Almost four decades earlier Ronald Reagan demonstrated that a presidential candidate need not have a southern accent to win completely the heart and minds of most white southerners at election time – only a willingness to use dog-whistling racial terms and endorse states’ rights or Confederate symbols as an allegiance to heritage, not hate. But, in the person of Donald Trump, southern politics had not seen such symbiotic adulation between a candidate and his supporters since 1964 and 1968 when George Wallace ran for president with an equally acerbic, belittling style of scapegoating.
President Trump’s political brand quickly became the heart and soul of the Republican Party, with his most devoted support in the Republican-dominated south. Any time an election in the South did not go the way that the Trump and true-believing Republicans wanted, they used trumped-up social media to blame the result on “fake news” and “voter fraud.” For example, in 2017, when Alabama voters decided by a margin of only 21,000 votes to elect Doug Jones, a Boy Scout-like Democrat, over Bible-toting Republican Judge Roy Moore, who was accused by several women of being a pedophile, the election returns were quickly dismissed in what became a precursor for challenging the 2020 national election. “Black people in Birmingham caught voting multiple times with fake IDs,” and “Paper ballots are being destroyed in Alabama,” Trump-inspired social media claimed.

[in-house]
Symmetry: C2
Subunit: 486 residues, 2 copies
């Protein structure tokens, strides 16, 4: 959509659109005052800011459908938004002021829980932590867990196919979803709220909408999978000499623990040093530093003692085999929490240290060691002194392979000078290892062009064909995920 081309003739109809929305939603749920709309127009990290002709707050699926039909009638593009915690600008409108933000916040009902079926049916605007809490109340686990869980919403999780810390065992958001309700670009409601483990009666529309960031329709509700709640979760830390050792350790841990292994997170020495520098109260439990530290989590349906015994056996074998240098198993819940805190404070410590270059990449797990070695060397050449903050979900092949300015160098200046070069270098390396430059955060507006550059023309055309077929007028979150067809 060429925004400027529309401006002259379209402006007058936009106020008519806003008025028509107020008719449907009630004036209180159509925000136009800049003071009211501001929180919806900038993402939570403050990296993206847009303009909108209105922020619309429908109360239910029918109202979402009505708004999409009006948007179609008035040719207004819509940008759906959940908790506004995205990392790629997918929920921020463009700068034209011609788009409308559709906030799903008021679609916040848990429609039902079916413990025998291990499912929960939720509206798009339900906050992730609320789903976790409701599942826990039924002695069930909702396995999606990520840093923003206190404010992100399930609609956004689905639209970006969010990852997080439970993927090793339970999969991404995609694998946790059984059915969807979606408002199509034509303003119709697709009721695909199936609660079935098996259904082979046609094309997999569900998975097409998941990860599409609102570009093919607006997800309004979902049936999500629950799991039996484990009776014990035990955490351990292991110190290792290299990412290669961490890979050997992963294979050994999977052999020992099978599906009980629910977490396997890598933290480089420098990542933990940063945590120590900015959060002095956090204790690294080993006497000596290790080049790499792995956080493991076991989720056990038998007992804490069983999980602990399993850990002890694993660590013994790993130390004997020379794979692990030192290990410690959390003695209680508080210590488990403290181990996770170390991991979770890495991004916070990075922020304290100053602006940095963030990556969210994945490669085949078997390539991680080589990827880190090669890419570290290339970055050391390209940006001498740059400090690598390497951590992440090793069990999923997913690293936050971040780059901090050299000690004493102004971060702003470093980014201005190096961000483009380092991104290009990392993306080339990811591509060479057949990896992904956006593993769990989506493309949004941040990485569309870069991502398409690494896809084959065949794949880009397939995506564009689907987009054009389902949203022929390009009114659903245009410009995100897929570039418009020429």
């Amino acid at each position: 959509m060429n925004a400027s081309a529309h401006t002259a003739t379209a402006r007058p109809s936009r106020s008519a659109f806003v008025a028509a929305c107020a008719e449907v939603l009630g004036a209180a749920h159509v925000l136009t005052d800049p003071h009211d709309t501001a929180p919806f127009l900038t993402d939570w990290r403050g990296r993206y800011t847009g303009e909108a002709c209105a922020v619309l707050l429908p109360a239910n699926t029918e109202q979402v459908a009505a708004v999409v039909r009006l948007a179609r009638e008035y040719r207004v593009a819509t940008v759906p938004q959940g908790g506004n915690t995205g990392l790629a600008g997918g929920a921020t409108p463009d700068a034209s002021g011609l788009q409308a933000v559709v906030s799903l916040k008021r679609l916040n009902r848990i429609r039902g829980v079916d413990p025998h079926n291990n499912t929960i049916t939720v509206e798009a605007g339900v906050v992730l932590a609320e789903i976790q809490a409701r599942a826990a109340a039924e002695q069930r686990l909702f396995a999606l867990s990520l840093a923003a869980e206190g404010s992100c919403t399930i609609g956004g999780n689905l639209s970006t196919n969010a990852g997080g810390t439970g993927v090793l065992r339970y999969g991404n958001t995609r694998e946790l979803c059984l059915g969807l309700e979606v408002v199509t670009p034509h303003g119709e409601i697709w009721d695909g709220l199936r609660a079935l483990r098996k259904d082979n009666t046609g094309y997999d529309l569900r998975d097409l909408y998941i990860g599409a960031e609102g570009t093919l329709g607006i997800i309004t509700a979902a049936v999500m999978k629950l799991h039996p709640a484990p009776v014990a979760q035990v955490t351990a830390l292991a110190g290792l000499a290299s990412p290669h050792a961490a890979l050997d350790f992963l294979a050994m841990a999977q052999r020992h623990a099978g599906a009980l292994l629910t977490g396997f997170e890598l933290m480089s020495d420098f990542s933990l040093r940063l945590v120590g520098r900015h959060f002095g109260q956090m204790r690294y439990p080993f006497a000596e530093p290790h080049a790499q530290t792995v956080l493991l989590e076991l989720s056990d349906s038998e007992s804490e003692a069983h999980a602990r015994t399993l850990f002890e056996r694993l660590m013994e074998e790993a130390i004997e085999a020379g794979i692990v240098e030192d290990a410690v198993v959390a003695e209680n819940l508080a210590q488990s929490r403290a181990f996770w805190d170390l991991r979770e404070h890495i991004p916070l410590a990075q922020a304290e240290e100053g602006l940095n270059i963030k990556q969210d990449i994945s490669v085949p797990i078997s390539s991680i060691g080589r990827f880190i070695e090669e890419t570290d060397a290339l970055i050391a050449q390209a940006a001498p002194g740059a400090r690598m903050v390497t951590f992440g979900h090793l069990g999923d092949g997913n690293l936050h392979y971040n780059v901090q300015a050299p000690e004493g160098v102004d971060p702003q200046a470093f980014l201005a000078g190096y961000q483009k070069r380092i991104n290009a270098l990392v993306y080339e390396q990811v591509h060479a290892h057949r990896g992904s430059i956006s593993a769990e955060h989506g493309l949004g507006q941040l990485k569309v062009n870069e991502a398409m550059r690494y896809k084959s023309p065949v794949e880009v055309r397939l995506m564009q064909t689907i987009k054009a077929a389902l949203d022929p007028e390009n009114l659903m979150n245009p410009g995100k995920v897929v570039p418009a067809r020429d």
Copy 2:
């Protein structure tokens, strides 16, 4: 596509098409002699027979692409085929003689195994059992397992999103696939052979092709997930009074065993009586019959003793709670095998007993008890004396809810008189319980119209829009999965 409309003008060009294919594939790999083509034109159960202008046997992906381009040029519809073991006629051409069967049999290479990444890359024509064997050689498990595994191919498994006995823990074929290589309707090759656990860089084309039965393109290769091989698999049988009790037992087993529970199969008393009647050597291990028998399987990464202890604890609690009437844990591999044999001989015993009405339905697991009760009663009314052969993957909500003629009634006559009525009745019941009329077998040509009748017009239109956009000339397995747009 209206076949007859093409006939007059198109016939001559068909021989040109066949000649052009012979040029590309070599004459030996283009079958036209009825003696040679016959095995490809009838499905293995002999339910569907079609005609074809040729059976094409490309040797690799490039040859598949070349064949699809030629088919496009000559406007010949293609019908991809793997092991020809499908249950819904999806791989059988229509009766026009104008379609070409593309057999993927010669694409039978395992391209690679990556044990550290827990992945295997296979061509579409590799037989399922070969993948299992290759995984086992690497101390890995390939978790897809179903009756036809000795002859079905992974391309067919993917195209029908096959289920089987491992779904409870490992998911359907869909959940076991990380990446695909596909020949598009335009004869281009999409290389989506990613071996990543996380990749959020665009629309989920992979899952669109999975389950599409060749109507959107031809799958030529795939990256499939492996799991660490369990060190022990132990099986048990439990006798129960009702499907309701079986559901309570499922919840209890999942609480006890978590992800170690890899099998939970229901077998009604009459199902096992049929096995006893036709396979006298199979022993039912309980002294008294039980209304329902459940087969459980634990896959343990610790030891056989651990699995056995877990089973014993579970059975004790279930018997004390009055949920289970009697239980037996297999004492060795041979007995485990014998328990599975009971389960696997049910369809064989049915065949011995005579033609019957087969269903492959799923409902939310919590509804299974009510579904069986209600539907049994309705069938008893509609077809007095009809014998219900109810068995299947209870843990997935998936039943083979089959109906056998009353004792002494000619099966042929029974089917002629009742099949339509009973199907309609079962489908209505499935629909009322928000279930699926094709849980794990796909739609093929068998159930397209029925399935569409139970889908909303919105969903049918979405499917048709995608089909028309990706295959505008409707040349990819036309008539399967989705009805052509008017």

As votes were being counted in November, President Trump amplified his claims that the his own defeat was the result of a rigged or fraudulent election that had denied him an overwhelming majority victory, although he felt no necessity to offer one iota of evidence of any proven illegality or any irregularity that would change the election returns. Among the 14 southern states, he lost only Virginia and, for the first time, Georgia by a narrow margin. Still, two-thirds of Trump’s Electoral College votes in 2020 came from the traditional south.
In Georgia, two recounts, including one recount by hand, repeated assurances of a honest and fair election from a Republican Secretary of State who oversaw the voting, and a Georgia Bureau of Investigation’s audit of randomly selected absentee votes in a suburban county that flipped Democratic meant nothing to Trump and his followers. Nor did the rulings in over 40 state and federal courts turning down challenges to the election results in states Trump won in 2016 but lost in 2020.
Led by Texas, seventeen Attorneys General filed an extraordinary brief before the United States Supreme Court in December attempting to stop the certification of presidential electors in four battleground states the President lost. Nine of the states petitioning the Court were southern. In essence the Attorneys General argued that states have voting rights that are above citizens’ voting rights, which meant that they considered individual rights subordinate to states’ rights. It was a legal argument old as Dixie, but not since the days defending school segregation had a majority of Southern states’ top elected lawyers banded together for such a cause.